Here is a Bible study, commentary, and summary of Second Timothy chapter three.
Second Timothy 3:1-4 “But understand this, that in the last days there will come times of difficulty. For people will be lovers of self, lovers of money, proud, arrogant, abusive, disobedient to their parents, ungrateful, unholy, heartless, unappeasable, slanderous, without self-control, brutal, not loving good, treacherous, reckless, swollen with conceit, lovers of pleasure rather than lovers of God.”
Does this describe our society today or what? No wonder the Apostle Paul wrote to Timothy that they are “having the appearance of godliness, but denying its power. Avoid such people. For among them are those who creep into households and capture weak women, burdened with sins and led astray by various passions, always learning and never able to arrive at a knowledge of the truth” (2nd Tim 3:5-7). All of these things that Paul lists are pride-centered and God will resist every proud person there is (James 4:6).
Do verses 1-7 give an accurate description of our society today?
Why would we need to avoid such people?
What does Paul mean by writing that they are those “who creep into households?”
What does Paul mean that they “capture weak women…and lead them astray by various passions?”
Second Timothy 3:8-9 “Just as Jannes and Jambres opposed Moses, so these men also oppose the truth, men corrupted in mind and disqualified regarding the faith. But they will not get very far, for their folly will be plain to all, as was that of those two men.”
Do you remember in the wilderness journeying’s of Israel how some opposed Moses to his face? What happened to them? They were those who rebelled against Moses, which is the same as rebelling against God, and the earth swallowed them up (Num 16:32). That will be the same fate for those who oppose God today and as Paul says, “they will not get very far.”
Are there men in Moses’ day like Jannes and Jambres who opposed Paul, Timothy, and ultimately God?
What does Paul mean “they will not get very far?”
Who will stop them?
If someone opposes the faith, are they “disqualified regarding the faith?”
Second Timothy 3:12-13 “Indeed, all who desire to live a godly life in Christ Jesus will be persecuted, while evil people and impostors will go on from bad to worse, deceiving and being deceived.”
Once more, Paul returns to the fact that suffering is normal, however it is only for those who “desire to live a godly life in Christ” that will be persecuted. Evil today is growing worse, day by day. Just a brief glance back of a few years ago compared with what we see today in movies, TV, magazines, and even advertising proves that more and more sexually explicit images are appearing and with more and more vulgarity. Things in the world are certainly going “from bad to worse” and many are being deceived into thinking, its normal, when it’s absolutely not.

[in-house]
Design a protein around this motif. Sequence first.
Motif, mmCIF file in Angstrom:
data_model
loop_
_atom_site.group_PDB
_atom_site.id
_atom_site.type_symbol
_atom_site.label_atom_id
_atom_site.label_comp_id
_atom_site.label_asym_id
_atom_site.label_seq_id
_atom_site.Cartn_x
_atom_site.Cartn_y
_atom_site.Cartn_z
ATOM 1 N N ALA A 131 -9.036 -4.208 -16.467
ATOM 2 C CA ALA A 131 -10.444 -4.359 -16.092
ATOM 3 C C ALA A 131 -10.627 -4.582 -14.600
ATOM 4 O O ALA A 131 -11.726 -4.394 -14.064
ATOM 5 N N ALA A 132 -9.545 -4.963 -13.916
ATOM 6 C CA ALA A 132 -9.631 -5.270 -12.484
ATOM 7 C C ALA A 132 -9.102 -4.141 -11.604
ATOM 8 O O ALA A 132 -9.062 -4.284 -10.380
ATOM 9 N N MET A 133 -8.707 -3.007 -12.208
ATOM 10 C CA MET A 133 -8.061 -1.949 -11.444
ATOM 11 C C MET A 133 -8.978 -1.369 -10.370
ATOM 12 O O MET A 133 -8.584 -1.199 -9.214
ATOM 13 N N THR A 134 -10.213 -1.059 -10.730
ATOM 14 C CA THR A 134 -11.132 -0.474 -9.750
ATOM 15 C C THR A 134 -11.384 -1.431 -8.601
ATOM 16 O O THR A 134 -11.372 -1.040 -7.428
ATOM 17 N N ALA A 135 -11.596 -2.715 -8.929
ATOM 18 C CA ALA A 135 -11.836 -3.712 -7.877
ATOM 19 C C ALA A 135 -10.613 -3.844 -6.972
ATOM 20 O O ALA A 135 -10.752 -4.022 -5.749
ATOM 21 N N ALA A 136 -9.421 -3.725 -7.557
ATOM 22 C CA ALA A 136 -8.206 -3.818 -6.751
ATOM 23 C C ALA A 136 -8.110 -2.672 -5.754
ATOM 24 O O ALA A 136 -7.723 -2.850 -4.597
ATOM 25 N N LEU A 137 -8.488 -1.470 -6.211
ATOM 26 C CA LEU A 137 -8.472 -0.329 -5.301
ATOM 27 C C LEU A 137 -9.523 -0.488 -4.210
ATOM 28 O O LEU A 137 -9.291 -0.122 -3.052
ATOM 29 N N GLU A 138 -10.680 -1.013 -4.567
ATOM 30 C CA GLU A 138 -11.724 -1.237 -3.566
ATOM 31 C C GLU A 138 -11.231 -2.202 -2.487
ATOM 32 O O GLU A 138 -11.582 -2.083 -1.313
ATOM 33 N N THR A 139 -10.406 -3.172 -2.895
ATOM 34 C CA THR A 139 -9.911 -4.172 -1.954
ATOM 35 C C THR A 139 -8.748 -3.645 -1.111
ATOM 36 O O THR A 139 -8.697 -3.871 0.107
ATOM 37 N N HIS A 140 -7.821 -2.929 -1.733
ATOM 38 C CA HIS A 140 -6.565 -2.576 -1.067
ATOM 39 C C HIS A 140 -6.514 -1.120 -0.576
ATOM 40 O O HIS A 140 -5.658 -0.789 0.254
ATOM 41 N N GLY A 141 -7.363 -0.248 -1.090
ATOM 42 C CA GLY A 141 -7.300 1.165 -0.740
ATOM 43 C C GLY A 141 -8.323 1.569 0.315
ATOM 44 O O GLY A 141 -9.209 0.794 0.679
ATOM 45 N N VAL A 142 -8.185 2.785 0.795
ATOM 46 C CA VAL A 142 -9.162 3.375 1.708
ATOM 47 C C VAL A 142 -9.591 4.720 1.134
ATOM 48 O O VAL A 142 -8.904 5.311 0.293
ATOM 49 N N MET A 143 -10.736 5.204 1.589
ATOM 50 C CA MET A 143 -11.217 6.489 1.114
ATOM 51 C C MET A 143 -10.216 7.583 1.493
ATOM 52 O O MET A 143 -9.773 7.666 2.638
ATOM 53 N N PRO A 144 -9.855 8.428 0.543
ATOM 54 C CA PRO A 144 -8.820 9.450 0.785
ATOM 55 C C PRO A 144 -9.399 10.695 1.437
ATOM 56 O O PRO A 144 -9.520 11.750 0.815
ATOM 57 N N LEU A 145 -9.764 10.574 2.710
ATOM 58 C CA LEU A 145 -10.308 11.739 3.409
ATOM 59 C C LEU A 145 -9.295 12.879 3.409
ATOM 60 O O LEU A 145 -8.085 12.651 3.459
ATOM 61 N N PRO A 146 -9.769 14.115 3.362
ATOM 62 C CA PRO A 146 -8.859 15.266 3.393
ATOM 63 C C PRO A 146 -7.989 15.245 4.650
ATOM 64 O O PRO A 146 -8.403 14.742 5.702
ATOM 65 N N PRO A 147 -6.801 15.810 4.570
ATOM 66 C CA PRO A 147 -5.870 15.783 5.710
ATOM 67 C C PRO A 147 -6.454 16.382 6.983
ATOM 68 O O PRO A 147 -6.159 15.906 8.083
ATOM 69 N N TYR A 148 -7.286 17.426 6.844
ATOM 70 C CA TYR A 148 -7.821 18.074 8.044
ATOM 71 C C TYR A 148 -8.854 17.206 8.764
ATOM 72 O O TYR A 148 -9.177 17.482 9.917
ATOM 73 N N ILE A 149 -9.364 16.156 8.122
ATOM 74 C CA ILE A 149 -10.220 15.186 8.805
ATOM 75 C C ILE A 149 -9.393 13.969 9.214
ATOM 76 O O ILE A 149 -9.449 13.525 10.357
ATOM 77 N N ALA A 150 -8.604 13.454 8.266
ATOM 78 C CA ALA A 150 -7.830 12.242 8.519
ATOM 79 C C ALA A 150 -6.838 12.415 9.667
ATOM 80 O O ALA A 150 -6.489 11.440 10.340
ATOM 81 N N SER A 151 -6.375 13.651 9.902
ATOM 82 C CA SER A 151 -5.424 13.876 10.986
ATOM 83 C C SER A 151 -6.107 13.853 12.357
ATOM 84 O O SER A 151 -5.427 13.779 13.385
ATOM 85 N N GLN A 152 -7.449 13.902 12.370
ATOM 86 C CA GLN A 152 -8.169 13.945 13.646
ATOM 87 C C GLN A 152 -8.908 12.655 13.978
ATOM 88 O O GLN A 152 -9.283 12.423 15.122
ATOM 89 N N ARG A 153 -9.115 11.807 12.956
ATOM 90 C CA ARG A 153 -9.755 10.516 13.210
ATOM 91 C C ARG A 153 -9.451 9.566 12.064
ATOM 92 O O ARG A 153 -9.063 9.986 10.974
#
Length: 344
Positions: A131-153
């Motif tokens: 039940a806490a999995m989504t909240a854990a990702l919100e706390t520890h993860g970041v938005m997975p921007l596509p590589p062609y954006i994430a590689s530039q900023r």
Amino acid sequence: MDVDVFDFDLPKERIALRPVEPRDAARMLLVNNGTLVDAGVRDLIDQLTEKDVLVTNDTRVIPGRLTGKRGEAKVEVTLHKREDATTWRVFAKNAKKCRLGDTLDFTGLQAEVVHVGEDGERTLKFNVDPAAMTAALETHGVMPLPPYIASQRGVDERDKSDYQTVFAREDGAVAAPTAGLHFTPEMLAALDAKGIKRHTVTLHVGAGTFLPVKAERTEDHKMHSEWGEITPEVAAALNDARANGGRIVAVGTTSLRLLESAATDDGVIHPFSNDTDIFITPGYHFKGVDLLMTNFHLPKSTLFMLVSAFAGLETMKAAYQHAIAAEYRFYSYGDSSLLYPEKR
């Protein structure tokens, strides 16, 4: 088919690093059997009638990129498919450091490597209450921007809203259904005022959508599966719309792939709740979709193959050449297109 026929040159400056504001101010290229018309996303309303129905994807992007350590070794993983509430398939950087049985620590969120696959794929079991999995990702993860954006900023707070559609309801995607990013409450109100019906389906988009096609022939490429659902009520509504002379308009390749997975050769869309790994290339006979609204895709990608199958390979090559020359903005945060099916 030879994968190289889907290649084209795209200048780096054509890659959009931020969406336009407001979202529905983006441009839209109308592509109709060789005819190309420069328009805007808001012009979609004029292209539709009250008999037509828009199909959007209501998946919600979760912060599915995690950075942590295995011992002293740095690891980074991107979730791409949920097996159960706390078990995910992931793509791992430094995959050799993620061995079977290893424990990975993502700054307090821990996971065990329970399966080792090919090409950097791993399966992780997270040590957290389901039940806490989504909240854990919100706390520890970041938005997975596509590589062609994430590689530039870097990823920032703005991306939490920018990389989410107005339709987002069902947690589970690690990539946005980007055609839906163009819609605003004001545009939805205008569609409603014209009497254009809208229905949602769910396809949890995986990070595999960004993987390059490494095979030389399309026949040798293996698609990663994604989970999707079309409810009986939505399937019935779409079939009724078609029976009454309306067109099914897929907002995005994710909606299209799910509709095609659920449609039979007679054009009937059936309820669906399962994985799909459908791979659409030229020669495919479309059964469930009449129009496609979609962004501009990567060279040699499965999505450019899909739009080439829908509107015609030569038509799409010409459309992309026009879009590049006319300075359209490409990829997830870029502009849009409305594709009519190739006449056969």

Have you ever been persecuted for your faith?
If you have never suffered from persecution, ask yourself why not?
Have you seen an increase in violence, sexual images, and profanity in just the past few years?
Second Timothy 3:14-15 “But as for you, continue in what you have learned and have firmly believed, knowing from whom you learned it and how from childhood you have been acquainted with the sacred writings, which are able to make you wise for salvation through faith in Christ Jesus.”
After saying what is coming in the last days, Paul reassured Timothy to continue in what he’s learned and firmly believed in and to reflect on his childhood as he’s been well acquainted with the Holy Scriptures, most likely through his grandmother and mother. The “sacred writings…are able to make [him] wise for salvation through faith in Christ Jesus” because the Scriptures had much about the coming Messiah, the Son of David, Who is Christ Jesus.
Why does Paul tell Timothy that he was well verses in the Scriptures?
Why did Paul tell Timothy to continue in what he’s learned and firmly believed?
Second Timothy 3:16-17 “All Scripture is breathed out by God and profitable for teaching, for reproof, for correction, and for training in righteousness, that the man of God may be complete, equipped for every good work.”
Finally, Paul gets down to the Scriptures that Timothy’s well acquainted with because all Scripture is God-breathed and it is useful for teaching, reproving, correcting, and training in righteousness so that a man of God and a woman of God can be complete in Christ and be equipped for ever good work that God has prepared for us beforehand to walk in (Eph 2:10).
Why does Paul mention reproving, correcting, and correction to Timothy?
Were there some who needed this?
Don’t we all need it?
In this very last book or letter ever written by Paul, he warns Timothy (and by extension, us) that the last days are going to be bad…growing worse and worse, day by day. That day has now come when people don’t want to be corrected, rebuked, and reproved so they seek out teachers who will give them what they want to hear but not what they need to hear. Sadly, they will fall further and further away from the truth and from the faith that was once delivered and bring in a different gospel, which is really no gospel at all. We had all better be in the Word so that we can more easily discern truth from error.
Article by Jack Wellman
Jack Wellman is Pastor of the Mulvane Brethren Church in Mulvane Kansas. Jack is also the Senior Writer at What Christians Want To Know whose mission is to equip, encourage, and energize Christians and to address questions about the believer’s daily walk with God and the Bible. You can follow Jack on Google Plus or check out his book Teaching Children the Gospel available on Amazon.